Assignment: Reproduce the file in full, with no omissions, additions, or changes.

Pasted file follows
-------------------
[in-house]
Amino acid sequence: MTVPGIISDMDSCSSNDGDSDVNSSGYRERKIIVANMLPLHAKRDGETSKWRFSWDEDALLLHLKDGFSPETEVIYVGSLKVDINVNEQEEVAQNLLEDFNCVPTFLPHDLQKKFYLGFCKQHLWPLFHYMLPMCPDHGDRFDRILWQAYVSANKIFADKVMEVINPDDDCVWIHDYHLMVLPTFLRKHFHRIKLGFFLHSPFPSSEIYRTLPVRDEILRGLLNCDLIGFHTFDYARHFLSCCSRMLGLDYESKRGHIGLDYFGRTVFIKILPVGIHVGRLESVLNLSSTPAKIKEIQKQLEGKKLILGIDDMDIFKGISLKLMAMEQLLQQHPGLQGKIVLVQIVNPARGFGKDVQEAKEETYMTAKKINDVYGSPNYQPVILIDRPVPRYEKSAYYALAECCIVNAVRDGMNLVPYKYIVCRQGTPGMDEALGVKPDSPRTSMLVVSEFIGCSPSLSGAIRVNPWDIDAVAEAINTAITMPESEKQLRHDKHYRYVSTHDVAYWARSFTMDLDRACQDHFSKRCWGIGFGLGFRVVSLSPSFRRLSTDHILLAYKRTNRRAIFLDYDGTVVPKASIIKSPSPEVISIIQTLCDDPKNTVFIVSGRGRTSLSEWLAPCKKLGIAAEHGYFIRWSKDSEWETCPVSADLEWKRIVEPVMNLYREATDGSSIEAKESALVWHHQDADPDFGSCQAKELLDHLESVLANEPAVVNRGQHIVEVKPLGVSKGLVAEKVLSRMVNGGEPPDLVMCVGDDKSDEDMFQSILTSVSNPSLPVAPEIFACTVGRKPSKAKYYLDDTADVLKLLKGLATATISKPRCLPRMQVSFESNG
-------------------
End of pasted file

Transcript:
[in-house]
Amino acid sequence: MTVPGIISDMDSCSSNDGDSDVNSSGYRERKIIVANMLPLHAKRDGETSKWRFSWDEDALLLHLKDGFSPETEVIYVGSLKVDINVNEQEEVAQNLLEDFNCVPTFLPHDLQKKFYLGFCKQHLWPLFHYMLPMCPDHGDRFDRILWQAYVSANKIFADKVMEVINPDDDCVWIHDYHLMVLPTFLRKHFHRIKLGFFLHSPFPSSEIYRTLPVRDEILRGLLNCDLIGFHTFDYARHFLSCCSRMLGLDYESKRGHIGLDYFGRTVFIKILPVGIHVGRLESVLNLSSTPAKIKEIQKQLEGKKLILGIDDMDIFKGISLKLMAMEQLLQQHPGLQGKIVLVQIVNPARGFGKDVQEAKEETYMTAKKINDVYGSPNYQPVILIDRPVPRYEKSAYYALAECCIVNAVRDGMNLVPYKYIVCRQGTPGMDEALGVKPDSPRTSMLVVSEFIGCSPSLSGAIRVNPWDIDAVAEAINTAITMPESEKQLRHDKHYRYVSTHDVAYWARSFTMDLDRACQDHFSKRCWGIGFGLGFRVVSLSPSFRRLSTDHILLAYKRTNRRAIFLDYDGTVVPKASIIKSPSPEVISIIQTLCDDPKNTVFIVSGRGRTSLSEWLAPCKKLGIAAEHGYFIRWSKDSEWETCPVSADLEWKRIVEPVMNLYREATDGSSIEAKESALVWHHQDADPDFGSCQAKELLDHLESVLANEPAVVNRGQHIVEVKPLGVSKGLVAEKVLSRMVNGGEPPDLVMCVGDDKSDEDMFQSILTSVSNPSLPVAPEIFACTVGRKPSKAKYYLDDTADVLKLLKGLATATISKPRCLPRMQVSFESNG